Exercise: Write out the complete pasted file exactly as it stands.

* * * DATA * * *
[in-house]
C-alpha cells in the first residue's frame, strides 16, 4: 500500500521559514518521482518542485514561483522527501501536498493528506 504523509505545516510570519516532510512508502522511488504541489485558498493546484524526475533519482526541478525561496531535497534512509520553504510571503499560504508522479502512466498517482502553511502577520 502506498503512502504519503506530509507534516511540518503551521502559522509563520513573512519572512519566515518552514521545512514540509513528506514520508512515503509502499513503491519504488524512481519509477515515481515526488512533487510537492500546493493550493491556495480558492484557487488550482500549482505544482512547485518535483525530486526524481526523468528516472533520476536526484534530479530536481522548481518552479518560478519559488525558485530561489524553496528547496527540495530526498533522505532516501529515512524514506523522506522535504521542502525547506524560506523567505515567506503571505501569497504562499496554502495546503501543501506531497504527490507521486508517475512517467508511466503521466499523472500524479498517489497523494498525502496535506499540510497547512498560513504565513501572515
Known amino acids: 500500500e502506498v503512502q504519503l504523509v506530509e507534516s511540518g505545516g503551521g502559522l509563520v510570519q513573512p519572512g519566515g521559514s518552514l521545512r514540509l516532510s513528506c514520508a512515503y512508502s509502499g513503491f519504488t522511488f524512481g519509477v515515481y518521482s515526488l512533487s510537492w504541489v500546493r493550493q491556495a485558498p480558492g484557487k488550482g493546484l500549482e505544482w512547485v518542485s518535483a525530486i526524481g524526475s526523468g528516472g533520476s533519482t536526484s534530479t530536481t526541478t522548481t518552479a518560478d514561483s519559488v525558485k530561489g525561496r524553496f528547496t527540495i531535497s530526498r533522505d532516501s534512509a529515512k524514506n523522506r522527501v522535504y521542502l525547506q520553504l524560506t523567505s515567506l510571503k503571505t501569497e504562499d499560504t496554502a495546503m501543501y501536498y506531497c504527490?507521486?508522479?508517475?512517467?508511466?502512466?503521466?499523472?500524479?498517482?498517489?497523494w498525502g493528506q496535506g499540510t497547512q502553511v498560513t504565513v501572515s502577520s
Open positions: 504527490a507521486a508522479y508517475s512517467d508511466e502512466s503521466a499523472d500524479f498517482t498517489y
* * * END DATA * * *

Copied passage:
[in-house]
C-alpha cells in the first residue's frame, strides 16, 4: 500500500521559514518521482518542485514561483522527501501536498493528506 504523509505545516510570519516532510512508502522511488504541489485558498493546484524526475533519482526541478525561496531535497534512509520553504510571503499560504508522479502512466498517482502553511502577520 502506498503512502504519503506530509507534516511540518503551521502559522509563520513573512519572512519566515518552514521545512514540509513528506514520508512515503509502499513503491519504488524512481519509477515515481515526488512533487510537492500546493493550493491556495480558492484557487488550482500549482505544482512547485518535483525530486526524481526523468528516472533520476536526484534530479530536481522548481518552479518560478519559488525558485530561489524553496528547496527540495530526498533522505532516501529515512524514506523522506522535504521542502525547506524560506523567505515567506503571505501569497504562499496554502495546503501543501506531497504527490507521486508517475512517467508511466503521466499523472500524479498517489497523494498525502496535506499540510497547512498560513504565513501572515
Known amino acids: 500500500e502506498v503512502q504519503l504523509v506530509e507534516s511540518g505545516g503551521g502559522l509563520v510570519q513573512p519572512g519566515g521559514s518552514l521545512r514540509l516532510s513528506c514520508a512515503y512508502s509502499g513503491f519504488t522511488f524512481g519509477v515515481y518521482s515526488l512533487s510537492w504541489v500546493r493550493q491556495a485558498p480558492g484557487k488550482g493546484l500549482e505544482w512547485v518542485s518535483a525530486i526524481g524526475s526523468g528516472g533520476s533519482t536526484s534530479t530536481t526541478t522548481t518552479a518560478d514561483s519559488v525558485k530561489g525561496r524553496f528547496t527540495i531535497s530526498r533522505d532516501s534512509a529515512k524514506n523522506r522527501v522535504y521542502l525547506q520553504l524560506t523567505s515567506l510571503k503571505t501569497e504562499d499560504t496554502a495546503m501543501y501536498y506531497c504527490?507521486?508522479?508517475?512517467?508511466?502512466?503521466?499523472?500524479?498517482?498517489?497523494w498525502g493528506q496535506g499540510t497547512q502553511v498560513t504565513v501572515s502577520s
Open positions: 504527490a507521486a508522479y508517475s512517467d508511466e502512466s503521466a499523472d500524479f498517482t498517489y